Calacanis on Paying-to-Pitch

Jason Calacanis has a new cause.  He is railing against the so-called “pay-to-pitch” phenomenon.  A good read – check it out here.

Update: Scoble, Fred, and Lance have since commented on it as well.

My views on the pay-to-pitch thing are pretty well known, as I’ve written about it a ton in the past, and we’ve torn the topic to shreds several times on the podcast.  And I think we (the larger community, of which I am but a small part) have done a pretty good job here in Atlanta, at least, of (A) educating the entrepreneurs, and (B) tearing down the walls that allowed that sort of thing to come about in the first place.  Many of the pay-to-pitch groups don’t even bother with Atlanta any more (because they know they’ll get a boot in the face from the community). But I will add a few additional thoughts here …

I think the fact that someone with Jason’s “web-clout” is a bit late in jumping on this bandwagon is illustrative (to me, at least), of how “disconnected” the valley-minded crowd can be from the rest of the country.  Don’t get me wrong – I want Jason to fight the good fight :)  But StartupLounge (and others) have been screaming about this, and fighting against it, for several years.

There is a difference between someone in a place like the Valley paying to pitch, and someone in Des Moines, or Tampa, or Atlanta, et al.

If you are paying to pitch in the Valley, you and/or your idea, must really blow. It’s like the handful of applications for CapitalLounge that we get from startups in California that want to come to Atlanta to find money.  Wow – really? WTF?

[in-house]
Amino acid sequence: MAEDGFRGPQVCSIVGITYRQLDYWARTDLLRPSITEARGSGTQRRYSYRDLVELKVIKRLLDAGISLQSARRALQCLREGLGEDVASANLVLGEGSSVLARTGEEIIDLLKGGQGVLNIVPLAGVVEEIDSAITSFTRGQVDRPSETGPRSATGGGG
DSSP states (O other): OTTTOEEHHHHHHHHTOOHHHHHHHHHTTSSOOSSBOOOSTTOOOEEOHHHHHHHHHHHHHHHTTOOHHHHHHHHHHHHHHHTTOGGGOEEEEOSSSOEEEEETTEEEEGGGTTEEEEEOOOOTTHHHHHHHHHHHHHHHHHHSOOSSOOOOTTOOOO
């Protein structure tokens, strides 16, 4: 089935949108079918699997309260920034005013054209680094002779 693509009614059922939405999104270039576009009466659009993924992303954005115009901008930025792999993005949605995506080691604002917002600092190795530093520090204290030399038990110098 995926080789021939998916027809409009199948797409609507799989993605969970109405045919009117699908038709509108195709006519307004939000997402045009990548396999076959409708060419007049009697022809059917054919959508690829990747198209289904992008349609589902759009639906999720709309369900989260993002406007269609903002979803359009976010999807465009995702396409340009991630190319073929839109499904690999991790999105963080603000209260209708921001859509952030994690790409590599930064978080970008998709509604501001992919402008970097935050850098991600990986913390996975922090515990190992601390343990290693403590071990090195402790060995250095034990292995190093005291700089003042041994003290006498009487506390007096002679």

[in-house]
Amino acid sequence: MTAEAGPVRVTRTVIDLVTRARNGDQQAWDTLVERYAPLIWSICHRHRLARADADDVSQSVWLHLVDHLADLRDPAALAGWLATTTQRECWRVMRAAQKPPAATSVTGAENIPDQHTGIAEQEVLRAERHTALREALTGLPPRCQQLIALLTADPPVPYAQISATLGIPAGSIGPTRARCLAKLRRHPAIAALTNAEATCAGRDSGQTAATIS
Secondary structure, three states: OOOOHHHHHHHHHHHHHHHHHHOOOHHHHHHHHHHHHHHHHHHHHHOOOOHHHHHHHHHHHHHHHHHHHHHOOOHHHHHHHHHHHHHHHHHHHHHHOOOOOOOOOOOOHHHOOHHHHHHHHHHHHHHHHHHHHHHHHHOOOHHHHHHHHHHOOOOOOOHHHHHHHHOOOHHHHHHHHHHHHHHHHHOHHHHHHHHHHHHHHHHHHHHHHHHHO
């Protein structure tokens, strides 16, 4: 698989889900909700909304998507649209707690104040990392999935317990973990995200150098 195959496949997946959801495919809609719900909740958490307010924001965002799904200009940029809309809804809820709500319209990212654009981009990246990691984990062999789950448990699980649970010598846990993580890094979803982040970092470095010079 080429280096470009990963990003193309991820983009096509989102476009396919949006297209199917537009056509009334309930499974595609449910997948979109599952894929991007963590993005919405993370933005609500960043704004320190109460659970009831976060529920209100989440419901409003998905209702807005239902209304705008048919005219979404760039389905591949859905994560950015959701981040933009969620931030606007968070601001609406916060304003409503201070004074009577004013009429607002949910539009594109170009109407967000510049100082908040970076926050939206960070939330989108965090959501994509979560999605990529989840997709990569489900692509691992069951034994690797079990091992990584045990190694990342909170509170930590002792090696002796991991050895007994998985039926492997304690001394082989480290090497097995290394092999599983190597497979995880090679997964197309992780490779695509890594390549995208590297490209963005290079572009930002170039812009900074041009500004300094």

If you are paying to pitch in some other part of the country (i.e. an under-served capital region, like Atlanta), you may very well be sitting on the next Google, but you likely don’t have the infrastructure and support system around you to tell you that you are wasting your capital paying to pitch – you may think that you don’t have an alternative. And that is where education comes in play.

Uneducated entrepreneur + desperation = “Gee, I bet I can charge this clown $5K to come ‘pitch’ at my service-provider dry hump fest.”

To me, it is all about supply and demand.  How do you kill the demand, since killing the pay-to-pitch organizers is, well, illegal? We’ve found that making more well-rounded, educated, and agile entrepreneurs is the best antidote for the pay-to-pitch problem.  If I had a nickel for every entrepreneur that we’ve collectively “converted” from the dark side through stuff like StartupLounge/CapitalLounge, PitchCamp, Startup Riot, ATDC, Startup Gauntlet, mentoring, et al, I could fund half the deals in the Southeast at least through Series-D :)

At any rate – good read – Jason’s a firebrand – gotta love it.  Kick ass – take names – peace out.



  1. I loved the post too. Sadly, we have been unable to stamp out the pay-to-pitch model in Atlanta, (although I think we have undermined it) and that post is a nice reminder that we need to be vigilant, and we need to constantly be seeking opportunities to steer potential users of such groups to more legitimate (and *free*) capital raising methods.

  2. As a corporate attorney representing entrepreneurs, I generally agree in principle with Jason’s position that it is “inappropriate and predatory” for angel groups to charge entrepreneurs fees to pitch them; however, I think it is important to distinguish among the different angel groups and their respective practices. Indeed, if (i) the fees are reasonable/de minimis and are adequately disclosed and (ii) the angel group is providing a legitimate service to entrepreneurs, there may be compelling reasons to support such a fee-based service. That’s why I have strongly recommended in my recent blog post (see that Jason Calacanis and John Dilts (the founder and President of Maverick Angels, LLC and an attorney) meet face-to-face and have a live debate (in the great American tradition), which can be shown on the web to all interested parties via Ustream. Many thanks.

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